State of New York Supreme Court, Appellate Division Third Judicial Department
June 24, 2010
AUGUST BOHL CONTRACTING COMPANY, INC., PLAINTIFF,
L.A. SWYER COMPANY, INC., DEFENDANT AND THIRD-PARTY PLAINTIFF-APPELLANT, AND ST. PAUL FIRE AND MARINE INSURANCE COMPANY, APPELLANT, AND CORNING HOMES ASSOCIATES, LP, ET AL., RESPONDENTS, ET AL., DEFENDANTS; ANNE H. LINDGREN ET AL., THIRD-PARTY DEFENDANTS-RESPONDENTS.
The opinion of the court was delivered by: Malone Jr., J.
(And Another Third-Party Action.)
MEMORANDUM AND ORDER
Calendar Date: April 22, 2010
Before: Peters, J.P., Rose, Malone Jr., Stein and McCarthy, JJ.
Appeal from an order of the Supreme Court (Platkin, J.), entered June 30, 2009 in Albany County, which granted a motion by, among other parties, third-party defendants to dismiss, among other things, the third-party complaint.
Plaintiff commenced this action seeking to collect moneys allegedly owed to it for the construction of certain infrastructure in connection with a public housing project in the City of Albany. The complaint alleged breach of contract against defendant L.A. Swyer Company, Inc., sought payment under Swyer's labor and material payment bond issued by defendant St. Paul Fire and Marine Insurance Company, and sought to enforce plaintiff's mechanics' lien. Swyer and St. Paul (hereinafter collectively referred to as defendants) served an amended answer which, among other things, added a second cross claim, on behalf of themselves and a purported class of trust beneficiaries, against co-defendants Corning Homes Associates, LP and Corning-Michaels Corporation (hereinafter collectively referred to as Corning), alleging violations of a statutory trust under Lien Law article 3-A. At the same time, Swyer commenced a third-party action against Anne H. Lindgren and John O'Donnell, two officers of Corning, also alleging violations of the statutory trust. Supreme Court granted a motion by Corning, Lindgren and O'Donnell to dismiss the second cross claim and the third-party complaint as time-barred under the applicable one-year statute of limitations (see Lien Law § 77 ), prompting this appeal. We affirm.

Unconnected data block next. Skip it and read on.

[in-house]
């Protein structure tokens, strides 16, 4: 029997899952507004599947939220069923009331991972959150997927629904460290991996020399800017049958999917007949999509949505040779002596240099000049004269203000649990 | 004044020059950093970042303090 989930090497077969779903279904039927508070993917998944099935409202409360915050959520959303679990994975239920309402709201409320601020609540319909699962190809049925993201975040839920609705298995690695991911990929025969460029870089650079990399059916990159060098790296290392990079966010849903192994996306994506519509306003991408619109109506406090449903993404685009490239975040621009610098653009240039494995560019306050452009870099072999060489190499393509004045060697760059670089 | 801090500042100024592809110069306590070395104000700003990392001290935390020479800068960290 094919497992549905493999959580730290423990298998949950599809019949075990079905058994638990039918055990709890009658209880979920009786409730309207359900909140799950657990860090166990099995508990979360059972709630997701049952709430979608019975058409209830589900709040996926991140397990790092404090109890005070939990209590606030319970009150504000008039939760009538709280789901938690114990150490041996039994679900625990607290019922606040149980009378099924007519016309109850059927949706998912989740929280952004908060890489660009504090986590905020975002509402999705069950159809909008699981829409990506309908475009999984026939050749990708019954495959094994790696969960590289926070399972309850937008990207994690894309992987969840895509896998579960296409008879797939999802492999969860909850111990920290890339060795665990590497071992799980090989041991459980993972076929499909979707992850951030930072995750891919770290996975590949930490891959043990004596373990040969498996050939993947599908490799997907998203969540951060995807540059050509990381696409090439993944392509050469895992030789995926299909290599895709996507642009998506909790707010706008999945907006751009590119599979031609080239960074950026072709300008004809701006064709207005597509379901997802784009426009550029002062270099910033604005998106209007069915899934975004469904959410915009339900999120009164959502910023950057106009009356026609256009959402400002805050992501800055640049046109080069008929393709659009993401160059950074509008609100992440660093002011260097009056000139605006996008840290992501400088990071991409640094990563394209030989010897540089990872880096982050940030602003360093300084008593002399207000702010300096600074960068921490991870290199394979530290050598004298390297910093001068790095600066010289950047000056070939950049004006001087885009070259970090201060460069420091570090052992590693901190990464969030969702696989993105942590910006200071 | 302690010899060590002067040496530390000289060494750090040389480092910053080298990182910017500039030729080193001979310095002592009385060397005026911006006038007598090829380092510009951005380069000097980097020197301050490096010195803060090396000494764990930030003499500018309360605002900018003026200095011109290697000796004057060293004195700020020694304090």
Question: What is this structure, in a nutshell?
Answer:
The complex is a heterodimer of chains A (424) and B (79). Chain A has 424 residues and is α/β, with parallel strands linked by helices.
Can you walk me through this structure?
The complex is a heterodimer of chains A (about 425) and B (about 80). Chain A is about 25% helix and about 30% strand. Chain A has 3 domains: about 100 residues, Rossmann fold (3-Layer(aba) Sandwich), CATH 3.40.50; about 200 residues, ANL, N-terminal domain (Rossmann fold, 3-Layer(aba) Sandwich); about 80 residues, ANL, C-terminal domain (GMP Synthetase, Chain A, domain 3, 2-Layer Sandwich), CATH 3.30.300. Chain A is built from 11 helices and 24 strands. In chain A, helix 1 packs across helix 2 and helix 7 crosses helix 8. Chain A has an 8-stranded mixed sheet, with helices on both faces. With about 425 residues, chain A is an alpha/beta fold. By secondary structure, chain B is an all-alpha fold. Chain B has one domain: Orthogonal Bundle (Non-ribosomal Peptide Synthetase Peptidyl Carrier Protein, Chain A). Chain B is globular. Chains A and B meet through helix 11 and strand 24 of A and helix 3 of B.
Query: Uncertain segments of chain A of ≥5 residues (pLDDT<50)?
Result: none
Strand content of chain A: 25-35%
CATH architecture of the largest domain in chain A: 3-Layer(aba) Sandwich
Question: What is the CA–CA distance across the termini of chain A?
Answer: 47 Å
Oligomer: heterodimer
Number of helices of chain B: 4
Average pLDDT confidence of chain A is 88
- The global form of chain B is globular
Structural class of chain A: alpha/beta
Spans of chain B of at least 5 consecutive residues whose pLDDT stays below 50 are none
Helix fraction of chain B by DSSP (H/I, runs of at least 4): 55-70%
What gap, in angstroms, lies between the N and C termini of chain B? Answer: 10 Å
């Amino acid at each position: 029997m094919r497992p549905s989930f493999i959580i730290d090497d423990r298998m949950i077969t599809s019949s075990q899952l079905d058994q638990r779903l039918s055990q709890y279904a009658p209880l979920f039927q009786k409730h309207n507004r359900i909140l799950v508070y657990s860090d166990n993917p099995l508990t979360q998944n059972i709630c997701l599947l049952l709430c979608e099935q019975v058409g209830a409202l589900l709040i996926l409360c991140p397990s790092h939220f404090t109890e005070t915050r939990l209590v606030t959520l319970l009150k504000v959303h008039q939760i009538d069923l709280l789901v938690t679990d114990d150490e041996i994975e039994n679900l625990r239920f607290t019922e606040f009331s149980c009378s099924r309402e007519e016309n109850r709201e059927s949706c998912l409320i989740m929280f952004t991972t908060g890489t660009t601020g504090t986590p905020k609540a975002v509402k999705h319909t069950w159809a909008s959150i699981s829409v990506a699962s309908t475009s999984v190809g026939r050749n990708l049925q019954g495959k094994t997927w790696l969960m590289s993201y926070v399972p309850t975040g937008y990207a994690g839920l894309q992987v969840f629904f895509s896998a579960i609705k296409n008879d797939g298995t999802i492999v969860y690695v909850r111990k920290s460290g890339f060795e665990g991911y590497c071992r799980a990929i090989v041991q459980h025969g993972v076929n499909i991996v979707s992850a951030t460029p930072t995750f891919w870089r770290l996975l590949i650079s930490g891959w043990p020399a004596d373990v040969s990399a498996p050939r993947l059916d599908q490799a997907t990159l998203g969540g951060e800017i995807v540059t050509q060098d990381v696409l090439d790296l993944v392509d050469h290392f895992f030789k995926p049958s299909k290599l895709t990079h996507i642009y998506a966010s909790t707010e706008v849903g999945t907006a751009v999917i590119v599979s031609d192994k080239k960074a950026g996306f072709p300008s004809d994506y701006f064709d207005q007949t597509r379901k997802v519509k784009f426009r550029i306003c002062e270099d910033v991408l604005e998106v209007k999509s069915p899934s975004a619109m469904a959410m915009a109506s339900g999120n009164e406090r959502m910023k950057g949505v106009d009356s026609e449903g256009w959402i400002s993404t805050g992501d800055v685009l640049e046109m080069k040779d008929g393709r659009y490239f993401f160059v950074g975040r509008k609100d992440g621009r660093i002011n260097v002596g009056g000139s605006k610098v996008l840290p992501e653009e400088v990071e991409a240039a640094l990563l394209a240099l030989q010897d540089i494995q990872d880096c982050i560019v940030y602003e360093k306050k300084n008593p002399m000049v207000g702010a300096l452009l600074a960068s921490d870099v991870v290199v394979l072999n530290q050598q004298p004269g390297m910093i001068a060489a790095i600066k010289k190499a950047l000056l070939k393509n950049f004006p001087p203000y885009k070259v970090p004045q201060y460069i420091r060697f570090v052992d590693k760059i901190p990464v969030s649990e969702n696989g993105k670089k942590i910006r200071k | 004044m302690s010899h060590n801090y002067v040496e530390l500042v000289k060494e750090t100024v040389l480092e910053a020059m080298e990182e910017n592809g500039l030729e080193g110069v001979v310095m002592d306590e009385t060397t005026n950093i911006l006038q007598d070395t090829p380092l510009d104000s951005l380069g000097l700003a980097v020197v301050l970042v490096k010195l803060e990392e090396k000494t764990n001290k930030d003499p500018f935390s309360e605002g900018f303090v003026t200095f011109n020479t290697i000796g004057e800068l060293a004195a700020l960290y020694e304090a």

Defendants concede that their statutory trust claims are untimely unless, as they contend, the claims relate back to their original answer. However, the relation back doctrine does not preserve an untimely claim for affirmative relief in an amended pleading where "the original pleading does not give notice of the transactions, occurrences, or series of transactions or occurrences, to be proved pursuant to the amended pleading" (CPLR 203 [f]; see B.B.C.F.D., S.A. v Bank Julius Baer & Co., Ltd., 62 AD3d 425, 426 , lv dismissed 13 NY3d 933 ; United States Fid. & Guar. Co. v Delmar Dev. Partners, LLC, 22 AD3d 1017, 1021 ; Fortin v Hill & Markes, 2 AD3d 934, 935 ). Although the original answer contained a cross claim against Corning for additional payments under Swyer's contract and asserted general denials and affirmative defenses to plaintiff's mechanics' lien claim, nothing in the original answer placed Corning, Lindgren and O'Donnell on notice of the conduct with which they are charged in the new claims (see Omni Group Farms v County of Cayuga, 199 AD2d 1033, 1035 ; Alpert v Shea Gould Climenko & Casey, 160 AD2d 67, 72-73 ; Howard v Hachigian, 88 AD2d 1064, 1065 , appeal dismissed 57 NY2d 955 ; see also Fazio Masonry, Inc. v Barry, Bette & Led Duke, Inc., 23 AD3d 748, 749-750 ). Specifically, defendants' Lien Law article 3-A claims allege that Corning, Lindgren and O'Donnell did not properly account for, or improperly retained or expended, trust funds. These "pertinent underlying factual allegations" are not referred to in the original answer (cf. Marpe v Dolmetsch, 246 AD2d 723, 723 ) and constitute more than a mere expansion of the original cross claim (see A to Z Assoc. v Cooper, 215 AD2d 161, 162 ; Green v Irwin, 174 AD2d 879, 880-882 ; cf. Caffaro v Trayna, 35 NY2d 245, 249-251 ).
Defendants' reliance on the fact that the statutory trust obligations arose by operation of law as giving the required notice of its Lien Law article 3-A claims is unavailing because even actual notice of a potential claim is insufficient to invoke the relation back doctrine where notice is not provided in the original pleading itself (see Joseph Barsuk, Inc. v Niagara Mohawk Power Corp., 281 AD2d 875, 876 , lv dismissed 97 NY2d 638 ; Maxon v Franklin Traffic Serv., 261 AD2d 830, 830-831 ; Zaveta v Portelli, 127 AD2d 760, 760 ; Shapiro v Schoninger, 122 AD2d 38, 40 ). Accordingly, we are not persuaded that Supreme Court abused its discretion in holding that the relation back doctrine did not apply to defendants' untimely Lien Law article 3-A claims (cf. Buran v Coupal, 87 NY2d 173 ).
The foregoing findings render defendants' remaining contentions academic.
Peters, J.P., Rose, Stein and McCarthy, JJ., concur.
ORDERED that the order is affirmed, with costs.
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